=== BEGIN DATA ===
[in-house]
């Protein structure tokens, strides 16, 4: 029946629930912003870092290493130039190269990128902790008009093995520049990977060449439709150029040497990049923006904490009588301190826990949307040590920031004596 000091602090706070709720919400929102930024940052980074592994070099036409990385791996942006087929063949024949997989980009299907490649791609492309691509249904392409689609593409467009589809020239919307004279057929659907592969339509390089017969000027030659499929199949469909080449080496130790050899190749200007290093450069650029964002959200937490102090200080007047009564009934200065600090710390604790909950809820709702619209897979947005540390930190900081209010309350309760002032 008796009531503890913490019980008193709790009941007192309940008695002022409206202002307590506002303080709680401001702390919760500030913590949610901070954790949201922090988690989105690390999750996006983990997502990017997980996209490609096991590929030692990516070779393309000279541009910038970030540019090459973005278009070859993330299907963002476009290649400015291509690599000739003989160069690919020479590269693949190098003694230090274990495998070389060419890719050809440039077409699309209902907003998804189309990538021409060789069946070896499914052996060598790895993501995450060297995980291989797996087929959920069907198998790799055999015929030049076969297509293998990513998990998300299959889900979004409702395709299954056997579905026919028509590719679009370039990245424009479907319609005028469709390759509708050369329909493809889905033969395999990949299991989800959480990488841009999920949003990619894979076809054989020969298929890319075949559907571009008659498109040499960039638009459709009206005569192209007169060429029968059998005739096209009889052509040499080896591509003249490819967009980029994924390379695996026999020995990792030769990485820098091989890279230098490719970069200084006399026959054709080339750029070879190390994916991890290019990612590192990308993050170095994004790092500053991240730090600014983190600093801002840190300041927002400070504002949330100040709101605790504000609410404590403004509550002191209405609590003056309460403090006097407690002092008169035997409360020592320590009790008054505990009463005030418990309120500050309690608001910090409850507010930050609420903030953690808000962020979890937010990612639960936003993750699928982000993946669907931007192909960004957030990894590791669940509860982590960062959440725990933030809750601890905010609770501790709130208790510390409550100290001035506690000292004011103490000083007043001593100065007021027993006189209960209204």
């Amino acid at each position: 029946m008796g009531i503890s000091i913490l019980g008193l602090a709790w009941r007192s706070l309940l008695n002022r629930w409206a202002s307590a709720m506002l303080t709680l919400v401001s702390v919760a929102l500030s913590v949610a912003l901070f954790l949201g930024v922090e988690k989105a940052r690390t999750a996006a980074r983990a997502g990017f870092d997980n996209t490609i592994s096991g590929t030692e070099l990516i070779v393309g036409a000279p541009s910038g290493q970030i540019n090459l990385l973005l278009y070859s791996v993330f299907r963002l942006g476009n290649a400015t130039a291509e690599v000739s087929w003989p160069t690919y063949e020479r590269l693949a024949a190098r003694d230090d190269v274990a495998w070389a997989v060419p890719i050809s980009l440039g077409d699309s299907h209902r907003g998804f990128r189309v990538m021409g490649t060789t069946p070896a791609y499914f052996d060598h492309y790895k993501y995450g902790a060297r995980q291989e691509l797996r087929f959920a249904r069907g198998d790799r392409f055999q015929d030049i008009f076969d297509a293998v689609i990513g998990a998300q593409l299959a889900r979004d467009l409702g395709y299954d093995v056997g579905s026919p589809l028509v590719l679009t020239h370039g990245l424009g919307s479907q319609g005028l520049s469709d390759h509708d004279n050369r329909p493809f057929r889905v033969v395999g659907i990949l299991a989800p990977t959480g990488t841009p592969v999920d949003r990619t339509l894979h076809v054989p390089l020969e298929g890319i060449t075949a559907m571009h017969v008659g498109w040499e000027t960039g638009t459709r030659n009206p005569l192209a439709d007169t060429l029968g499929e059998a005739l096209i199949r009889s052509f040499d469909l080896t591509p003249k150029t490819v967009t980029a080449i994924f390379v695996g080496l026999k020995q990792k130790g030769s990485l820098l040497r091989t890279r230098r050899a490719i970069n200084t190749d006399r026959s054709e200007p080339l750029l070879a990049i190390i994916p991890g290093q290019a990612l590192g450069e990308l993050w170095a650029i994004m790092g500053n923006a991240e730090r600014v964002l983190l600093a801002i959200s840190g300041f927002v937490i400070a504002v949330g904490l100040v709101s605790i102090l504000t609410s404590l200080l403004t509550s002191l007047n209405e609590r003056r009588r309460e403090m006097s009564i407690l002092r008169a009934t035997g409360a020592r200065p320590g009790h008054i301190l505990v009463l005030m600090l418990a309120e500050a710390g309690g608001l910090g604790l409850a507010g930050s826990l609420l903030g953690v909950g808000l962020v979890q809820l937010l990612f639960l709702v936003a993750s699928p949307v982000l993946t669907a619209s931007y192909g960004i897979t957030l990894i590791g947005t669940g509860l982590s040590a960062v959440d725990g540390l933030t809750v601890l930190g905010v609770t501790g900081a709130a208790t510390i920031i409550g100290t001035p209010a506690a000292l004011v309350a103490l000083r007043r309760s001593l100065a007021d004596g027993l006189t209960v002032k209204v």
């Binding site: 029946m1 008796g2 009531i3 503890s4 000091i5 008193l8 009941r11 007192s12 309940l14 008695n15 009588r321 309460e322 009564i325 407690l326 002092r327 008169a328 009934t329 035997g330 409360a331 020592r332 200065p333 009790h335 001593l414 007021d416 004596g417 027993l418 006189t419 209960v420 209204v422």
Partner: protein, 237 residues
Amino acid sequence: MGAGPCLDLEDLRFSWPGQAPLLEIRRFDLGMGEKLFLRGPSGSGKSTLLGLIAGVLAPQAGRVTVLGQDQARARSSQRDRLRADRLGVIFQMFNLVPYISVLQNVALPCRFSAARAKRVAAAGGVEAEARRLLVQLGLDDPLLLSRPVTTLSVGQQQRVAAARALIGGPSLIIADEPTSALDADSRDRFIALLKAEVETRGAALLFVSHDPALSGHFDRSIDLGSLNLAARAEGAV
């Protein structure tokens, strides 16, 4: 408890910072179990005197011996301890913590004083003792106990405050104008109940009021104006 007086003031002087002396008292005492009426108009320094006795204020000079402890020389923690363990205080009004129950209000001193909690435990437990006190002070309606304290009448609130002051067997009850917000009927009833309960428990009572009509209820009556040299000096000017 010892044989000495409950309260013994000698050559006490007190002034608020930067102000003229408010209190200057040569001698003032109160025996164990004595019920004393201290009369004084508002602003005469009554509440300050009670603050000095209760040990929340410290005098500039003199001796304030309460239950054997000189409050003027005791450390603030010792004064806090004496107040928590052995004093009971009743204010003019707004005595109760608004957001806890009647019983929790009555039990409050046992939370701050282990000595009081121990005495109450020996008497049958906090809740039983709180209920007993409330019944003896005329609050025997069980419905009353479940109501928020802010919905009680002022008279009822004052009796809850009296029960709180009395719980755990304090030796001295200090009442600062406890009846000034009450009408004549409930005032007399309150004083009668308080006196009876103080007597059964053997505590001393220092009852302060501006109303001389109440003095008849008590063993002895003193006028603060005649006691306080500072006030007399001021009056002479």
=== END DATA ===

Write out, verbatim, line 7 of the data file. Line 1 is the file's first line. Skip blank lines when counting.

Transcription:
């Protein structure tokens, strides 16, 4: 408890910072179990005197011996301890913590004083003792106990405050104008109940009021104006 007086003031002087002396008292005492009426108009320094006795204020000079402890020389923690363990205080009004129950209000001193909690435990437990006190002070309606304290009448609130002051067997009850917000009927009833309960428990009572009509209820009556040299000096000017 010892044989000495409950309260013994000698050559006490007190002034608020930067102000003229408010209190200057040569001698003032109160025996164990004595019920004393201290009369004084508002602003005469009554509440300050009670603050000095209760040990929340410290005098500039003199001796304030309460239950054997000189409050003027005791450390603030010792004064806090004496107040928590052995004093009971009743204010003019707004005595109760608004957001806890009647019983929790009555039990409050046992939370701050282990000595009081121990005495109450020996008497049958906090809740039983709180209920007993409330019944003896005329609050025997069980419905009353479940109501928020802010919905009680002022008279009822004052009796809850009296029960709180009395719980755990304090030796001295200090009442600062406890009846000034009450009408004549409930005032007399309150004083009668308080006196009876103080007597059964053997505590001393220092009852302060501006109303001389109440003095008849008590063993002895003193006028603060005649006691306080500072006030007399001021009056002479």